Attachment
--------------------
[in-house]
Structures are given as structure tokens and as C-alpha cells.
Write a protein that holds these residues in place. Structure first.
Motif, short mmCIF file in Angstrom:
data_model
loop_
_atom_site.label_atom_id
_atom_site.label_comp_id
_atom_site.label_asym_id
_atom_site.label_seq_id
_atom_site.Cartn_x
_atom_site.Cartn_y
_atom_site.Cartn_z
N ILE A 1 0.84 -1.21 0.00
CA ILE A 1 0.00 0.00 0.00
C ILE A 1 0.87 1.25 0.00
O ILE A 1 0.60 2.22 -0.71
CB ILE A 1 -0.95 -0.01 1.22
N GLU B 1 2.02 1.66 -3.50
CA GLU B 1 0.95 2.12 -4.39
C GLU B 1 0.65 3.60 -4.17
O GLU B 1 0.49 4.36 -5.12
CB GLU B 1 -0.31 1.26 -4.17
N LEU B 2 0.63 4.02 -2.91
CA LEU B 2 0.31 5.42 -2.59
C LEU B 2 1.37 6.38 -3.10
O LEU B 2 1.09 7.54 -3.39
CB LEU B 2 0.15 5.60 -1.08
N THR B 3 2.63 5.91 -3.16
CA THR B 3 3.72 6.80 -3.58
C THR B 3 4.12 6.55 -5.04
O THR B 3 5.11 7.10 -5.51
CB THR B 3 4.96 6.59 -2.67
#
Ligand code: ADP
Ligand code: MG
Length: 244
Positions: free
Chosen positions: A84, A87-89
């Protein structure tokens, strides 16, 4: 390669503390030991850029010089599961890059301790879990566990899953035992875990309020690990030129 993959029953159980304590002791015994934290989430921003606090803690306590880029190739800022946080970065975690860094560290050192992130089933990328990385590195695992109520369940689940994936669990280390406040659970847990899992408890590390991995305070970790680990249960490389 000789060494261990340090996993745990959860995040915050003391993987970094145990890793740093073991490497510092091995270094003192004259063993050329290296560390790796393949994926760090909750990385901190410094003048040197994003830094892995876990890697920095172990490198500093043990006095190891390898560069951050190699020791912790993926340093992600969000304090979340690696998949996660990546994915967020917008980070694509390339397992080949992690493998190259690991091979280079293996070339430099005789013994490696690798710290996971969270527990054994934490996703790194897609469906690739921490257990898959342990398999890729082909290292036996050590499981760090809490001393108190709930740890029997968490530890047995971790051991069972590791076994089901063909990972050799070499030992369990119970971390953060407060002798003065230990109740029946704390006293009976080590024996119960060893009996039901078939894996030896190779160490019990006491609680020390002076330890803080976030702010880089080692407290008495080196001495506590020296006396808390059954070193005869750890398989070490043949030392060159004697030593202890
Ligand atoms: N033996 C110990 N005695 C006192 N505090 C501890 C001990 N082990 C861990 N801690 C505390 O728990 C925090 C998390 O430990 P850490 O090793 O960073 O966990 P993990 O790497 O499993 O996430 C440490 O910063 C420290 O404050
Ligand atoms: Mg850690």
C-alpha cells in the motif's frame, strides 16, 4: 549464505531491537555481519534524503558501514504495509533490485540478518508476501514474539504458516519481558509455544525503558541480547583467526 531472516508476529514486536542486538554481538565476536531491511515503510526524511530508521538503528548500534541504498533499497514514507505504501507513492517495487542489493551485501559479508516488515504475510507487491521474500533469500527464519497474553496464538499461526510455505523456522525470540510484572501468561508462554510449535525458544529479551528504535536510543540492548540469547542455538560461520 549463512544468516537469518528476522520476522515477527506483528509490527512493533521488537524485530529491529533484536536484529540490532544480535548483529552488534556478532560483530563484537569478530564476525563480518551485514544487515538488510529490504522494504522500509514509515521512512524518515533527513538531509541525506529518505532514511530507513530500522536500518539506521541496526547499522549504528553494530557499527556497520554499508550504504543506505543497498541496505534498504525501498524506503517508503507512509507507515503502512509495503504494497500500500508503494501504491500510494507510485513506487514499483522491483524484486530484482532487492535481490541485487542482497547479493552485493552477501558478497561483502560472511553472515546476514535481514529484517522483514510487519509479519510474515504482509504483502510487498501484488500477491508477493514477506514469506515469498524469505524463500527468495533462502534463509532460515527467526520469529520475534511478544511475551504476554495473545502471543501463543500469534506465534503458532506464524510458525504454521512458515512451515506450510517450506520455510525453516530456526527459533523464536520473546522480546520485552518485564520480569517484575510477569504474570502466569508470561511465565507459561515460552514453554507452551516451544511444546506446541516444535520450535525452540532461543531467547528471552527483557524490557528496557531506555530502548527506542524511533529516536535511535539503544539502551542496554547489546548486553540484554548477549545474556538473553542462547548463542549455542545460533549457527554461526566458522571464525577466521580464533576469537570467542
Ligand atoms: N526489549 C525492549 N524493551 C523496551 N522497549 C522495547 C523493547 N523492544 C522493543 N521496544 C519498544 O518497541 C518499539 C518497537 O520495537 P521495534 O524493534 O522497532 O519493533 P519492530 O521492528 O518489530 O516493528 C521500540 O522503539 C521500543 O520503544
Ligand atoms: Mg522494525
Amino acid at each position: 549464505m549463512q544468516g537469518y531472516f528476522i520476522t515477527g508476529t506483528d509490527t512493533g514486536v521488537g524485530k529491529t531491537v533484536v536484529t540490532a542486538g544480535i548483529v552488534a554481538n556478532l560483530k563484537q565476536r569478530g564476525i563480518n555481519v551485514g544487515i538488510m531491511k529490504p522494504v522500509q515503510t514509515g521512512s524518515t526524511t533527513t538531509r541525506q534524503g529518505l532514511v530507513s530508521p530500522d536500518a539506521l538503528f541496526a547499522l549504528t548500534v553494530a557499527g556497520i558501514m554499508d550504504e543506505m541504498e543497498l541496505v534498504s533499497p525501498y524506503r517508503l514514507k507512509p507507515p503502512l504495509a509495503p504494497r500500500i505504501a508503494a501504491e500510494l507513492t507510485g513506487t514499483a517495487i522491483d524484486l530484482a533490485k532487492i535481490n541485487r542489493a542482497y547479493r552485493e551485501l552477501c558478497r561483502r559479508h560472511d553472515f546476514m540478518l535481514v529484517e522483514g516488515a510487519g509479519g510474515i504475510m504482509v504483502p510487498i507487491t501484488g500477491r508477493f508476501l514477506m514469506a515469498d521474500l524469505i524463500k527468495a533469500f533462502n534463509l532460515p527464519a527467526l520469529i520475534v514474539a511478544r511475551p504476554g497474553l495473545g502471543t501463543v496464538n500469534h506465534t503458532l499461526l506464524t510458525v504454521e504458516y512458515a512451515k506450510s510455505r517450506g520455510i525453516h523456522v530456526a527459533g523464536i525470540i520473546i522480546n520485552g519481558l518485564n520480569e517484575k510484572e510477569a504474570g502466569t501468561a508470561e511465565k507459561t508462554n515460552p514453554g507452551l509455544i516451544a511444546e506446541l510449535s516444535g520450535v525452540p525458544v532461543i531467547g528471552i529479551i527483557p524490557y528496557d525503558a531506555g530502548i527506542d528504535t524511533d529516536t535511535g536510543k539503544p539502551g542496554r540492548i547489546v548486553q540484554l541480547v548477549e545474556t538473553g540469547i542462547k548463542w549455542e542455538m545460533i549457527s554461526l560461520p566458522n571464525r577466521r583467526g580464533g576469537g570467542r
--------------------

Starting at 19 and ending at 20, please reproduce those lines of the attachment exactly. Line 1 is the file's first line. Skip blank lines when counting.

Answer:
N GLU B 1 2.02 1.66 -3.50
CA GLU B 1 0.95 2.12 -4.39